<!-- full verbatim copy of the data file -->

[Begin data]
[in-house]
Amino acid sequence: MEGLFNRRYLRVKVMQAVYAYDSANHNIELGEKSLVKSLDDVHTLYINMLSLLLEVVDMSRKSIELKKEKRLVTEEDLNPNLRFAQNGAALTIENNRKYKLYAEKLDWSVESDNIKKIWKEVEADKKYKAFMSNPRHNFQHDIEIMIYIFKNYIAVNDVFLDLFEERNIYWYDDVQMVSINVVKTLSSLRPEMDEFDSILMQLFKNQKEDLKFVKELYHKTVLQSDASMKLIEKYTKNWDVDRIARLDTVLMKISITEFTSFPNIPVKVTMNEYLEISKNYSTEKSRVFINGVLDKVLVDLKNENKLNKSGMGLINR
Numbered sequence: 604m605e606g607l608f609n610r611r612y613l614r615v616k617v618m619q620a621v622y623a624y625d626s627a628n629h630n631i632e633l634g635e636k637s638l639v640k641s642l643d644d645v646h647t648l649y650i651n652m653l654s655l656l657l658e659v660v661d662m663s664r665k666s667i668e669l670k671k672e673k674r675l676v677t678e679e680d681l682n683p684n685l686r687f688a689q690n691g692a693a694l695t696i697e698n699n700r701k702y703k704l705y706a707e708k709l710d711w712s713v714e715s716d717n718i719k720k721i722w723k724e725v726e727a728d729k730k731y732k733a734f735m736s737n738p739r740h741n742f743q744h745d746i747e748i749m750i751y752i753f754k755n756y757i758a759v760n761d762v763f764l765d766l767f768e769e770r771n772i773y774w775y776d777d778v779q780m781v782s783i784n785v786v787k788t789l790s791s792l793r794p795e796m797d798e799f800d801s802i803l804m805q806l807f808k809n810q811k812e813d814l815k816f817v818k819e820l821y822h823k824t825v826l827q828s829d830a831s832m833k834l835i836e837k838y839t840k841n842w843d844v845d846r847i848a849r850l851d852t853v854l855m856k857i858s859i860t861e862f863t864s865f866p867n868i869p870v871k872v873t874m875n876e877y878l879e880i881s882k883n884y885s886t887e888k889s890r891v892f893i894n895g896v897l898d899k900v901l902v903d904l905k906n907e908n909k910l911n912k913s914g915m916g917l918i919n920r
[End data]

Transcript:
[in-house]
Amino acid sequence: MEGLFNRRYLRVKVMQAVYAYDSANHNIELGEKSLVKSLDDVHTLYINMLSLLLEVVDMSRKSIELKKEKRLVTEEDLNPNLRFAQNGAALTIENNRKYKLYAEKLDWSVESDNIKKIWKEVEADKKYKAFMSNPRHNFQHDIEIMIYIFKNYIAVNDVFLDLFEERNIYWYDDVQMVSINVVKTLSSLRPEMDEFDSILMQLFKNQKEDLKFVKELYHKTVLQSDASMKLIEKYTKNWDVDRIARLDTVLMKISITEFTSFPNIPVKVTMNEYLEISKNYSTEKSRVFINGVLDKVLVDLKNENKLNKSGMGLINR
Numbered sequence: 604m605e606g607l608f609n610r611r612y613l614r615v616k617v618m619q620a621v622y623a624y625d626s627a628n629h630n631i632e633l634g635e636k637s638l639v640k641s642l643d644d645v646h647t648l649y650i651n652m653l654s655l656l657l658e659v660v661d662m663s664r665k666s667i668e669l670k671k672e673k674r675l676v677t678e679e680d681l682n683p684n685l686r687f688a689q690n691g692a693a694l695t696i697e698n699n700r701k702y703k704l705y706a707e708k709l710d711w712s713v714e715s716d717n718i719k720k721i722w723k724e725v726e727a728d729k730k731y732k733a734f735m736s737n738p739r740h741n742f743q744h745d746i747e748i749m750i751y752i753f754k755n756y757i758a759v760n761d762v763f764l765d766l767f768e769e770r771n772i773y774w775y776d777d778v779q780m781v782s783i784n785v786v787k788t789l790s791s792l793r794p795e796m797d798e799f800d801s802i803l804m805q806l807f808k809n810q811k812e813d814l815k816f817v818k819e820l821y822h823k824t825v826l827q828s829d830a831s832m833k834l835i836e837k838y839t840k841n842w843d844v845d846r847i848a849r850l851d852t853v854l855m856k857i858s859i860t861e862f863t864s865f866p867n868i869p870v871k872v873t874m875n876e877y878l879e880i881s882k883n884y885s886t887e888k889s890r891v892f893i894n895g896v897l898d899k900v901l902v903d904l905k906n907e908n909k910l911n912k913s914g915m916g917l918i919n920r